Daily Archives: August 1, 2005

Other News (Quickly)

Aside from writing The Ghost Brigades, here’s what else has been going on:

* Agent to the Stars is now out and selling quite nicely — between pre-orders and early sales, well over half of the 1,500 print run is already gone. So if you wanted a copy but have been putting off the actual purchase, you might want to reconsider your procrastinatory ways, since there are no more after these ones are sold. As an appeal to your munificent side, I’ll remind y’all that 10% of the cover price of each copy of Agent to the Stars goes to the Child’s Play charity, which gets video games and other toys into the hands of kids in children’s hospitals across the US, and also that I’ve made a pledge that if the entire print run sells out by December 31, I’ll kick an additional $350 out of my own royalties. So go ahead, make me donate my own money, why don’t you.

* I noted briefly that I have other projects I have lined up for the rest of the year. What are they, you ask? Well:
— I’ve been asked by Rough Guides to update The Rough Guide to the Universe, which will make it the first of my books to go into a second edition. And not a moment too soon, considering the vast amount of new information regarding Mars and Saturn since the first edition came out (and also that whole “10th planet” thing last week).
— I’ll be spending the last couple months of the year editing collecting and slushing stories for the Subterranean Magazine edition I’m editing, the one with the theme of “Big Honkin’ SF Cliches.” Don’t worry, I’ll remind you all again when it’s time to start sending in stories. I suspect I’ll also probably whomp something up for that in terms of a short story; I have an idea. No, I won’t tell you. Think up your own!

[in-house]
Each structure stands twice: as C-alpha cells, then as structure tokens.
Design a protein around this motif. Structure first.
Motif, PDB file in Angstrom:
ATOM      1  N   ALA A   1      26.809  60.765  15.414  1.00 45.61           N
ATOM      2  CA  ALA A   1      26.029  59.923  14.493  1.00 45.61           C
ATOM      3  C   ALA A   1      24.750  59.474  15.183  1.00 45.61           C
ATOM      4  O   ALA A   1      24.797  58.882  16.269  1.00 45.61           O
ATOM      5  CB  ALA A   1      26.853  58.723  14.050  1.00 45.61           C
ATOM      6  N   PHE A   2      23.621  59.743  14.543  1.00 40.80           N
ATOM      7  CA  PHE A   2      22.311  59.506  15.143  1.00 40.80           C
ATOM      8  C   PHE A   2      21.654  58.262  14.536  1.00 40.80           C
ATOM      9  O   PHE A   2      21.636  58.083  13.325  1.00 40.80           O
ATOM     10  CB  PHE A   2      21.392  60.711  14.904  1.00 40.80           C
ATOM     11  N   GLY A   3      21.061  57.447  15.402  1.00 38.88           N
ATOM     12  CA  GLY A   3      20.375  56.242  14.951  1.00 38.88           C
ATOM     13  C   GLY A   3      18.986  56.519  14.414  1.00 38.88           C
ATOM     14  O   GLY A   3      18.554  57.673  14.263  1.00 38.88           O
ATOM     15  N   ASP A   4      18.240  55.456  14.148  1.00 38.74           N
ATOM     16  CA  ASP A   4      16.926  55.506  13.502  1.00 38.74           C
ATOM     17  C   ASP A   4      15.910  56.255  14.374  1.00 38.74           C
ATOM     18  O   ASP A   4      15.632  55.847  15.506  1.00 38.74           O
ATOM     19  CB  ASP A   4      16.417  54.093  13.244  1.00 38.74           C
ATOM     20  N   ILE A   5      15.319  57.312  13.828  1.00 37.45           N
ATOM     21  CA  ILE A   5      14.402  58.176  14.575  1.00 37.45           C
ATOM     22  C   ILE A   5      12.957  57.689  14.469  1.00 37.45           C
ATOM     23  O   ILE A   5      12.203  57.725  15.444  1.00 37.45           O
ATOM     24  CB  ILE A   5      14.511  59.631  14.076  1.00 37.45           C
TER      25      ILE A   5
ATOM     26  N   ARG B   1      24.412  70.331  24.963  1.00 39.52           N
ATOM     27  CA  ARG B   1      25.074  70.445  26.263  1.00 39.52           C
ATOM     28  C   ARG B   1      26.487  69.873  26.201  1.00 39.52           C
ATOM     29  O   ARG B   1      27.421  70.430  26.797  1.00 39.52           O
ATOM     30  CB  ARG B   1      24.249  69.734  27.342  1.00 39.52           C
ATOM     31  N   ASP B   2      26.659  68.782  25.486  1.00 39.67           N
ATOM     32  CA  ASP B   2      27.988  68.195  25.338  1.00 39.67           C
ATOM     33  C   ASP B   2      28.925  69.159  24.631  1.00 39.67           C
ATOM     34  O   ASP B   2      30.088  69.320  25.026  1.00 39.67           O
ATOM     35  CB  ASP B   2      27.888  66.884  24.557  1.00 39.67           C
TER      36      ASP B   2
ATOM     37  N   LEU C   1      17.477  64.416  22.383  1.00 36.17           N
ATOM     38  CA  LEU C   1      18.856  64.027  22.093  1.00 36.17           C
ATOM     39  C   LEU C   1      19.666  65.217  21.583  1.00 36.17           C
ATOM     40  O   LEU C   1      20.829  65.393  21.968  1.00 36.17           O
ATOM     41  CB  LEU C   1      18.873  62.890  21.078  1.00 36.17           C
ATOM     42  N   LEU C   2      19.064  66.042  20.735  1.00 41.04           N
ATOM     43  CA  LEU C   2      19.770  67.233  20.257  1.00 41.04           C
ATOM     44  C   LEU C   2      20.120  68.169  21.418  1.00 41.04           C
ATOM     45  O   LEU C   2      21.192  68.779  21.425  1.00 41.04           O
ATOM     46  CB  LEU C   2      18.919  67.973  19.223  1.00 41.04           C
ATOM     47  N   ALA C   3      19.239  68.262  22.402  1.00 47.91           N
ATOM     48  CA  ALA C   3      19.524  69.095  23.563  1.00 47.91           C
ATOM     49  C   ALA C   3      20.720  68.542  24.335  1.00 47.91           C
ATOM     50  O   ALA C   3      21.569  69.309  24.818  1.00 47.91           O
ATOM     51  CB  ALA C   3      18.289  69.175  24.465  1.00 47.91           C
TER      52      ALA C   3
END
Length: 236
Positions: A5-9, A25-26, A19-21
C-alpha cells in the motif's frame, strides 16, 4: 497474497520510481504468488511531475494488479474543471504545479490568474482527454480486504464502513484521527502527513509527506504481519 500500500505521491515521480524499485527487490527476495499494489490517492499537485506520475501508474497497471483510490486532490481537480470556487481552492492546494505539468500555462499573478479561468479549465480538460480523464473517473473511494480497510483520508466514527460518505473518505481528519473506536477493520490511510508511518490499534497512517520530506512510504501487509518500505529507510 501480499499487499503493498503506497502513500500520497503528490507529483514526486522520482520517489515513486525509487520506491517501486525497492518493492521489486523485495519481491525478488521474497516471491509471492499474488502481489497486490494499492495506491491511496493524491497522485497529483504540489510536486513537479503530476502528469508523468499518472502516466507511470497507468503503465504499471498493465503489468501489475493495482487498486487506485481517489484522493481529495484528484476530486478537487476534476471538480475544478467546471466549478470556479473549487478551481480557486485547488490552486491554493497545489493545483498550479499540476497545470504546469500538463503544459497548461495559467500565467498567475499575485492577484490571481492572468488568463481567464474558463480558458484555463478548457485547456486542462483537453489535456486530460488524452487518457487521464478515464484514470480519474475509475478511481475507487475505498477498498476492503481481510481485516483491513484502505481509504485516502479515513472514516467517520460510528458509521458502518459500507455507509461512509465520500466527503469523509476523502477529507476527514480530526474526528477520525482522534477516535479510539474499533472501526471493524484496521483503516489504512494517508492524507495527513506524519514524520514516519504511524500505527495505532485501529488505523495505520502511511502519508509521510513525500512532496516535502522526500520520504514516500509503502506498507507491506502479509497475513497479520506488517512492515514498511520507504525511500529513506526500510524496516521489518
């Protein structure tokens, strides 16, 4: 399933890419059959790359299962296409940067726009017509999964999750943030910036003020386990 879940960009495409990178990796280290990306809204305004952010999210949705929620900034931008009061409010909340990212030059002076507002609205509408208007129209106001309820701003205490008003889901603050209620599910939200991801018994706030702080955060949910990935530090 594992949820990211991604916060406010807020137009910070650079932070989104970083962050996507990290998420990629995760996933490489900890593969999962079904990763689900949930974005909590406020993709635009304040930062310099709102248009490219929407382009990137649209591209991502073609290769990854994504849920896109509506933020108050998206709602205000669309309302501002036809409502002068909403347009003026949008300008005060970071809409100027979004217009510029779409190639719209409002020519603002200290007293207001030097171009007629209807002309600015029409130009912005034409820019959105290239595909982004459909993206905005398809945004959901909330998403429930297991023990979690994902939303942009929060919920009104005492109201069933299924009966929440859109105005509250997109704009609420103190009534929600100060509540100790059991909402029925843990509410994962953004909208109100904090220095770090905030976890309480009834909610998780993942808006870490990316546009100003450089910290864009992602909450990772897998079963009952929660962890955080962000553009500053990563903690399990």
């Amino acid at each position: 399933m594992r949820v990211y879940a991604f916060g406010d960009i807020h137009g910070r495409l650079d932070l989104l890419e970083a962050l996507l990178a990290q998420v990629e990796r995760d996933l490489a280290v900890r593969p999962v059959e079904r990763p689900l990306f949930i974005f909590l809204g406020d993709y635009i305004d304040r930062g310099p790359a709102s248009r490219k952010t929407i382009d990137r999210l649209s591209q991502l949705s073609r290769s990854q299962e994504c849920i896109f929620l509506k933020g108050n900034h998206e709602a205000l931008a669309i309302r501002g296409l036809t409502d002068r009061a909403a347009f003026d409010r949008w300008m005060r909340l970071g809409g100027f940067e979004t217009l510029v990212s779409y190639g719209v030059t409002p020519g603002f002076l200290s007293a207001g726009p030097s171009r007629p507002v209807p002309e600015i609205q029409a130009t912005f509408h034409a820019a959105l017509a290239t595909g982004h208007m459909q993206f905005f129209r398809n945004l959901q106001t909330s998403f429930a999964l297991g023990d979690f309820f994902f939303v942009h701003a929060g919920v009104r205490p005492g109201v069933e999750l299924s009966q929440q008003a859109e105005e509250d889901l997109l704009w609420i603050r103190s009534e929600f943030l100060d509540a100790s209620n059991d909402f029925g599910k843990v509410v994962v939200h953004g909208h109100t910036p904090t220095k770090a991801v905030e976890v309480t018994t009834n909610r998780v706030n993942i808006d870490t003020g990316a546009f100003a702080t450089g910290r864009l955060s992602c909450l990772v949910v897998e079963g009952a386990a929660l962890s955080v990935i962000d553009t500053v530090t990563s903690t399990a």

— I have one other small but cool project I’m working on for Subterranean Press, about which I’ll say no more until Subterranean makes its own announcement.
— My agent and I have been churning through a couple of ideas for the novel I’m going to write after I complete The Ghost Brigades, so immediately after I’m done with TGB, I’m on those to get out to the market. After I finish TGB, I won’t actually have another novel project lined up, which the first time I can say that in a couple of years; clearly we’ll need to address that.
— I’m still doing stuff for the Uncle John’s folks, so chances are pretty good if you pick up one of their books in the next couple of years, it’s got an article or two from me in there.

That’s the stuff I know I’m doing; there are other projects I have in the hopper that are in various stages of nebulosity, most of which are likely to vaporize, so best not to discuss them for now. Suffice to say I’ve got enough to keep me busy — enough that I has to turn down a chance to work on a project that I thought was very cool because for the life of me I didn’t know where or how I was going to fit it in. It kills me to turn down work, especially when the project seems like a big ball of fun as this one did. But I’m coming to grips with the fact that I actually have to sleep and spend time with the family as well as work — as I go along time management becomes rather more of a concern.